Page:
Putting the issue of consciousness aside for a moment, there is a concept in mathematics which can help us understand the way reality unfolds from the singularity. When considering how complexity can arise and grow out of a formless state like the singularity, we may wonder just where that complexity is coming from. A fractal is a shape generated by repeated iterations of a single mathematical formula, which contains infinite complexity. This means that, for instance, you can zoom in forever on any point on the shape and continue to discover more complex detail. Since computers make fractals relatively easy to calculate, you can find many wonderful examples of this on youtube. Because all the complexity is based on a single process, fractals exhibit the quality of ‘self-similarity’, in which the features of the shape repeat on different scales. A simple example of fractality and self-similarity in nature is a tree. The trunk divides into branches. Each branch, resembling the whole tree, divides into smaller branches. Each small branch, resembling the larger branches, and the tree, divides into twigs, which divide into leaves, and even the leaves themselves have a vein structure which resembles the tree structure. So we can see that great complexity can arise from the repetition of a single branching process. The process of the unified singularity dividing into duality, and into further complexity, is just like the process of cell mitosis which leads to the growth of complex organisms. In fact, the idea is that cell mitosis, like every other process by which complexity arises in the universe, is a fractal continuation of a single primordial process.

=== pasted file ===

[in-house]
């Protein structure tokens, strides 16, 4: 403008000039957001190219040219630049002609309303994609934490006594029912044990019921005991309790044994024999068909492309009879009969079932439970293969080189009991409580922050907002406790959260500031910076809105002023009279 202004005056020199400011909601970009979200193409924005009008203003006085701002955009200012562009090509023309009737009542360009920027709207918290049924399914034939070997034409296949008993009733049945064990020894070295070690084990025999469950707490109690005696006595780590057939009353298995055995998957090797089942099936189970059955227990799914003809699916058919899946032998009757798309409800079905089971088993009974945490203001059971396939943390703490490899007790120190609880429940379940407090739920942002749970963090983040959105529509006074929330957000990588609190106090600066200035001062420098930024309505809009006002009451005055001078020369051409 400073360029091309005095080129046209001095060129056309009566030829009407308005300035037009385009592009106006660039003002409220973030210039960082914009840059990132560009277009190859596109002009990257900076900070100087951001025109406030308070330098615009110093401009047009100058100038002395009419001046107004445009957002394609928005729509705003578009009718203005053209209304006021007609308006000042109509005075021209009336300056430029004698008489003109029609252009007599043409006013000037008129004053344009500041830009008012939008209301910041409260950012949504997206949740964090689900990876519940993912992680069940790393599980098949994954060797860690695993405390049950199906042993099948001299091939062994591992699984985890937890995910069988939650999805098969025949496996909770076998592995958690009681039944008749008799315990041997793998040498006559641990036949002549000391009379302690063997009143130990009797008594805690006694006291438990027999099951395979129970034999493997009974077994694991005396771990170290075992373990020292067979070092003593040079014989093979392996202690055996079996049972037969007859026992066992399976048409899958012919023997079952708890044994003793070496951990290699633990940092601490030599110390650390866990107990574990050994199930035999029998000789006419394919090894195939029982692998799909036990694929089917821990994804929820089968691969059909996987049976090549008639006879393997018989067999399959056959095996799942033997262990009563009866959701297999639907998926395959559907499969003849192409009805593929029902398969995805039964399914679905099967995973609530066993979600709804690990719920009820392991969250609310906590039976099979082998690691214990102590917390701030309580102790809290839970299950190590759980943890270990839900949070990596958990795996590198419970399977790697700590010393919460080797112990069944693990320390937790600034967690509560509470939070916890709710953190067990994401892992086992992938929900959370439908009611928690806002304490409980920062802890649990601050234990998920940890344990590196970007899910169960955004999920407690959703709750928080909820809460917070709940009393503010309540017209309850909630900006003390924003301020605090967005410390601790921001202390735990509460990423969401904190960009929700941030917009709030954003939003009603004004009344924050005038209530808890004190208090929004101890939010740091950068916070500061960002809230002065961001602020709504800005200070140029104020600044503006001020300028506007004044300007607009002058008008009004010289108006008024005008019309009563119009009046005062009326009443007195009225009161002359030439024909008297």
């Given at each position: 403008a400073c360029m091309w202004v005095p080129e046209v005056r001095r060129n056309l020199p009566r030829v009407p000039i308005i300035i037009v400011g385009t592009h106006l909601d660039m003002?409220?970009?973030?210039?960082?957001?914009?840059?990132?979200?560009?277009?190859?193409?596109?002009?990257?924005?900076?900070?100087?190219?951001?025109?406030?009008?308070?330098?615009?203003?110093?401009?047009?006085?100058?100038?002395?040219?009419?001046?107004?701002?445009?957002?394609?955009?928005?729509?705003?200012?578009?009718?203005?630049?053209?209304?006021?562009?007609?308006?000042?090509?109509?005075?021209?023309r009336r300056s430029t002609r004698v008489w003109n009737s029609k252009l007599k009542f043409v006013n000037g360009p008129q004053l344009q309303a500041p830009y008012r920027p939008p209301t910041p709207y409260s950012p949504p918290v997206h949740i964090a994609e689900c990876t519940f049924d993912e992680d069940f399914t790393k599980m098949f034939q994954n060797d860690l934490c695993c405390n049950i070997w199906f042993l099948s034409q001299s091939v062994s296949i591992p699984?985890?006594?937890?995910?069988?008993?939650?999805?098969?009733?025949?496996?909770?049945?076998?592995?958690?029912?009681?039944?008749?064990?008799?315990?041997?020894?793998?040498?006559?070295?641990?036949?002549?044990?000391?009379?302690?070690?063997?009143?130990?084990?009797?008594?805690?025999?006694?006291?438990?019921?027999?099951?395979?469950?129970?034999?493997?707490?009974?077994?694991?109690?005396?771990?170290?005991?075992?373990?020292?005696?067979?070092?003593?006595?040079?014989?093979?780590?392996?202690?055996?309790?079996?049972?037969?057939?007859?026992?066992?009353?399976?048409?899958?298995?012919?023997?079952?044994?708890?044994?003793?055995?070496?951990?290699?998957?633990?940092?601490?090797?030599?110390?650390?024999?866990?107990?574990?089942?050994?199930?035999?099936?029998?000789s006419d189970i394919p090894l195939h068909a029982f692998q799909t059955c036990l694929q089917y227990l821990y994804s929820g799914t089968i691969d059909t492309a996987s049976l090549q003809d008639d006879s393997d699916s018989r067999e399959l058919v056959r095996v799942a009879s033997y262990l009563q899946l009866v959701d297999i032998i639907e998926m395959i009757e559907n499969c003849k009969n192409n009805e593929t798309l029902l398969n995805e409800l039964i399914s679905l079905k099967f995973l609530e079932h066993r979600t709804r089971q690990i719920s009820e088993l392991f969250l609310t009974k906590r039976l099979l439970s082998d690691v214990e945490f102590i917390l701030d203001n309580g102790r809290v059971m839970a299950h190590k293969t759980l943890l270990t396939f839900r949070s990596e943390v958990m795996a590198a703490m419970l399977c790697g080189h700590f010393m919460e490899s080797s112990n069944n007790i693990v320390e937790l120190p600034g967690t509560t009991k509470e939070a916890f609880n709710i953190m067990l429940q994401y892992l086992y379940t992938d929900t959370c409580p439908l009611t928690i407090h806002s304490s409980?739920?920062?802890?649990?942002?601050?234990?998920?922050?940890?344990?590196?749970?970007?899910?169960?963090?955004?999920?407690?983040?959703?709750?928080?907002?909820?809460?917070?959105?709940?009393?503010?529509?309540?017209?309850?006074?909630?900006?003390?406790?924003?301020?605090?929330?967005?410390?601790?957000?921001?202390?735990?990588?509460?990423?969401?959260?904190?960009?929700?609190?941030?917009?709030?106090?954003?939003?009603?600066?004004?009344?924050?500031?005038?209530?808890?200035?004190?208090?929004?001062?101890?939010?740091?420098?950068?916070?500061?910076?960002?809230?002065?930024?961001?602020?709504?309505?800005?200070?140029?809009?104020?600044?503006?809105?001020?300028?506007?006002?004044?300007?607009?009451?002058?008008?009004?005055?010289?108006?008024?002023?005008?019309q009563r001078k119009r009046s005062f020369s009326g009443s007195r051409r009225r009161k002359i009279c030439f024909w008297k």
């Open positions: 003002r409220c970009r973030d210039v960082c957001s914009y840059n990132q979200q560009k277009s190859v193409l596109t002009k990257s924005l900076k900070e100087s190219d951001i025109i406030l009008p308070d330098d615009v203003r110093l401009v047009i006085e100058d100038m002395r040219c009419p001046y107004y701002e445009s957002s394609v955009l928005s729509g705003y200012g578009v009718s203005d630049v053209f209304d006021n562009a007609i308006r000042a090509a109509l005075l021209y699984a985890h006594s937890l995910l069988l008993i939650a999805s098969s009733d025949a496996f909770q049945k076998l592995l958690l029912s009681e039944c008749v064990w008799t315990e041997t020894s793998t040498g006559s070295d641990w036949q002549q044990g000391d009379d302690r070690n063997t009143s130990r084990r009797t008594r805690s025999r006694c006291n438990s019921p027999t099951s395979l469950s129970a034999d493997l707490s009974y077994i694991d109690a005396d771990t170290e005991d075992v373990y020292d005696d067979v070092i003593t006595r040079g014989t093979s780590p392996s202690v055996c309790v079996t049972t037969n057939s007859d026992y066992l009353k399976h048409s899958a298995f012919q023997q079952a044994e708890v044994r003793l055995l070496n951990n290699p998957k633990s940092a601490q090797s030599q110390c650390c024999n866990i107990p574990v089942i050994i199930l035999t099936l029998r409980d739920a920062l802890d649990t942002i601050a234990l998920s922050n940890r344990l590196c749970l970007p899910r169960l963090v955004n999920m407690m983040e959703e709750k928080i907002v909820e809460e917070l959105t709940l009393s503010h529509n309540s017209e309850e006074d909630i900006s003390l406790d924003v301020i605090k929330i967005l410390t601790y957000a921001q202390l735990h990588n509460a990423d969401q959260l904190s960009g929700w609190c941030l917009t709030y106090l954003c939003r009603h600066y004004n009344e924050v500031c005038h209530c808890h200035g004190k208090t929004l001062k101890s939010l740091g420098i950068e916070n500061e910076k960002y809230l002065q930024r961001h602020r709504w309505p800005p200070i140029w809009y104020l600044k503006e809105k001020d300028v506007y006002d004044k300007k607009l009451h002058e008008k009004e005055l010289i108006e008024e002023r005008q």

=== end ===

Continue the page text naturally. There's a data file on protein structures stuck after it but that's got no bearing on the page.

Manfred Clynes, in his study of ‘sentics’, and other researchers who have taken cues from his work, have indicated a correlation between the emotion of love and the “golden ratio” (a ratio of 1 to Phi, approximately 1.6180339887498948482…). The ratio exhibits (and is the foundation of) perfect fractality, a fact which can be demonstrated when we divide a line at the golden ratio and observe that the ratio between the length of the short and long sections is the same as the ratio between the length of the long section and the whole line. It is interesting to note that plants distribute their branching (for instance the orientation of leaves on a stem) according to the Fibonacci sequence, whose number pairs approach the golden ratio ever more precisely as the numbers get higher. Plants appear to do this because such an arrangement optimizes the sharing of sunlight (minimum overlap\shadow), which hint at Phi’s special and optimum properties. Phi and the Fibonacci sequence appear to be fundamental to the structure of all life.